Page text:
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Business Entity Pros and Cons

Are you launching a new business and unsure about the best business structure to use? It's not just you. Every owner of a small firm must make this decision. Therefore, it necessitates some consideration of the industry you're in and your business' growth and development goals.

Considering the benefits and drawbacks of company structures, your preferences, requirements, and plans will determine the kind of company entity you select. To help you choose wisely, today we'll examine each sort of business entity, along with its advantages and disadvantages. Let's check them out.

Considering the Benefits and Drawbacks of Business Entities

Sole proprietorships, partnerships, corporations, and limited liability companies are the four most often used business entities. Consequently, we'll discuss that in today's article thereby highlighting the pros and cons.

1- Sole Proprietorship

The most typical company structure for independent contractors is a single proprietorship. A sole proprietorship is, to put it simply, a company run by one person.


• Among all corporate entities, the overall tax rate is likewise the lowest.

• All business-related equipment is the sole property of the individual.

• A sole proprietorship may not need to be registered and just minimum documentation may be required.

• As a sole proprietor, you might be able to use "doing business as," or DBA, to give your company a distinct name for marketing purposes.


• As a sole owner, there is no legal distinction made between a freelancer and their firm. All monetary and legal obligations are solely liable to the owner.

• All of the freelancer's assets, including their bank account, personal property, real estate, and other assets, could be at risk if a creditor seeks to have debts repaid.

• Because a sole proprietorship lacks a mechanism for raising capital as a corporation, it might be more difficult to raise money for the business.

2- Partnership

Two or more people who want to conduct business together make up a partnership. Therefore, the laws of a partnership business is governed by the laws set by both parties.

General partnerships, limited partnerships, limited liability partnerships, and limited liability limited partnerships are among the several kinds of partnerships.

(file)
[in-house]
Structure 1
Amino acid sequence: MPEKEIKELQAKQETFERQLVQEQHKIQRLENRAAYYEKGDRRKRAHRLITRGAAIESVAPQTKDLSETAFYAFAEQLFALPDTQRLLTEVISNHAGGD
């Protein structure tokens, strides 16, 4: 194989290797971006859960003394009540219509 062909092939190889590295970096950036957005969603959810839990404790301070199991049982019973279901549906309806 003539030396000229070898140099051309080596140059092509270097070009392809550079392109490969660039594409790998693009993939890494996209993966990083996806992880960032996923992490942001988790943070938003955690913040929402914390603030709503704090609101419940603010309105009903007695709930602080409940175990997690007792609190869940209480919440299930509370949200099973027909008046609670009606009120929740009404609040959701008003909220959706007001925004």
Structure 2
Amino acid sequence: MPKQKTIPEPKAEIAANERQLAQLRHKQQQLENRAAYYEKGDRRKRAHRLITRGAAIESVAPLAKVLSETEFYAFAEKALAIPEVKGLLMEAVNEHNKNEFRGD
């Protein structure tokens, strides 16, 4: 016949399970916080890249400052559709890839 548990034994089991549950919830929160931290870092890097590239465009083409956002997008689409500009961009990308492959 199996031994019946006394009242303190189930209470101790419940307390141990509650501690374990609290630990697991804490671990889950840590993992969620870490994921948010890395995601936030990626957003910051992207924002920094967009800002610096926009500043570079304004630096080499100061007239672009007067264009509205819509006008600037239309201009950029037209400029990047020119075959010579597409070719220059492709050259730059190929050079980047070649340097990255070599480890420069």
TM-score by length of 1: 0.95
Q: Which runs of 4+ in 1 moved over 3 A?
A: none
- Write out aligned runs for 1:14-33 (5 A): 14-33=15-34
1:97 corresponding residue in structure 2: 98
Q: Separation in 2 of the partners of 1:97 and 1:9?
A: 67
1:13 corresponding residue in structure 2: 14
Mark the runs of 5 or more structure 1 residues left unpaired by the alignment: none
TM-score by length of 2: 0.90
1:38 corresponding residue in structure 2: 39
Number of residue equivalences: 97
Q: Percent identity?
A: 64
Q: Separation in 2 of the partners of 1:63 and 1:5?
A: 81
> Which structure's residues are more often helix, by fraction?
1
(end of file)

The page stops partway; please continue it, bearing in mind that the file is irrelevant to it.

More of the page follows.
• They are simple to create.

• A partnership can unite a collection of people with various skills to share in the duties of managing a company.

• If allowed by the partnership agreement, a partnership may continue after the passing of a partner.


• Partners are subject to essentially endless obligations.

• Decisions made by owners won't always be unanimous. Conflicts in management could result from this.

• Although partners share in the company's profits, they may not always feel that their contributions and services are being properly valued.

3- C Corporation

Most commonly known by their technical abbreviation, C corps, The proprietors or shareholders, of corporations can be protected against personal liability and business debt.

A corporation's capital stock is acquired upon incorporation from 100 or more shareholders in exchange for cash or other assets. The Board of Directors is then chosen by the shareholders to oversee business operations and choose officials. The day-to-day management of the company is normally handled by the officers—the CEO, CFO, President, etc.


• The owners of this entity is not directly held for the corporation’s debts. Only the amount of a shareholder's investment in the business is in danger.

• More readily available financial resources. A business may raise money by selling shares, obtaining bank loans, or issuing bonds to provide long-term funding.

• Compared to sole proprietorships, corporations are better equipped to draw in more talented and skilled workers.

• The corporation's existence remains independent of that of its stockholders.


• A C Corp must be established by a lawyer because it is the most complex type of corporate form.

• Earnings may be subject to two taxes.

4- S Corporation

S Corporations combine the liability protection of C Corps with the tax advantages of sole proprietorships and LLCs.